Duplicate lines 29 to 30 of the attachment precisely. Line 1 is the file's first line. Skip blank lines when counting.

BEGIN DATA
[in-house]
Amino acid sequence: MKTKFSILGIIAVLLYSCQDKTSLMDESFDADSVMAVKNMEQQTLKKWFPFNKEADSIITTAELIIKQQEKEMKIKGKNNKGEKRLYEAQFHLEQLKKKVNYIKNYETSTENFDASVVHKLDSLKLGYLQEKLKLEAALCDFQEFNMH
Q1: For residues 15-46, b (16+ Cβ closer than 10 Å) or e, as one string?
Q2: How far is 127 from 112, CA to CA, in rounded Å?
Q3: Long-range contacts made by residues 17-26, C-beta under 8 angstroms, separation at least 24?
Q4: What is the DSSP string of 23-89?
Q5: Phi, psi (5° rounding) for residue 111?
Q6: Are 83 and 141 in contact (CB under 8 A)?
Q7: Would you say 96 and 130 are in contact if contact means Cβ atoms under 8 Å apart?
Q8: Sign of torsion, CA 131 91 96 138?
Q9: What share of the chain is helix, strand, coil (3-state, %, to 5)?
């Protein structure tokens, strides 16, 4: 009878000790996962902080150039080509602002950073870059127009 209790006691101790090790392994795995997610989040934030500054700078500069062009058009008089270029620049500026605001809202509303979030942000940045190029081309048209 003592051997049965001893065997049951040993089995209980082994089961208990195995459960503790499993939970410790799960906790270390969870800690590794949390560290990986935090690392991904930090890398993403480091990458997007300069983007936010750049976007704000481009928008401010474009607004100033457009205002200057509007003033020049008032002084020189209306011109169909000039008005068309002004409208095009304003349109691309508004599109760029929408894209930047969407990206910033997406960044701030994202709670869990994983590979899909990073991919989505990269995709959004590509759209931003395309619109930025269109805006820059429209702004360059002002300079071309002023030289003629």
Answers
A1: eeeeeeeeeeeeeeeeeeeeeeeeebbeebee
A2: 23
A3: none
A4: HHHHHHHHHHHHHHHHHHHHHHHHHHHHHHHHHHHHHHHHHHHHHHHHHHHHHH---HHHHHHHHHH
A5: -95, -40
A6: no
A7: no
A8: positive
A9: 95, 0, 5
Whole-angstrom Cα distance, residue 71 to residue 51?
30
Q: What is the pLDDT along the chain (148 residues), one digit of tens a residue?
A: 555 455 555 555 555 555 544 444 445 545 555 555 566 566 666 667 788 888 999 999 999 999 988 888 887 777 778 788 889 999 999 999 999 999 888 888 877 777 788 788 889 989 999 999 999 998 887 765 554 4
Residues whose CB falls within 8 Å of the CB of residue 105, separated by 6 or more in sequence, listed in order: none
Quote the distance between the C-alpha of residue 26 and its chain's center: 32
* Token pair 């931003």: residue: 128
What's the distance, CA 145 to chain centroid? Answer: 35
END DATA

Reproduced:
* Token pair 């931003």: residue: 128
What's the distance, CA 145 to chain centroid? Answer: 35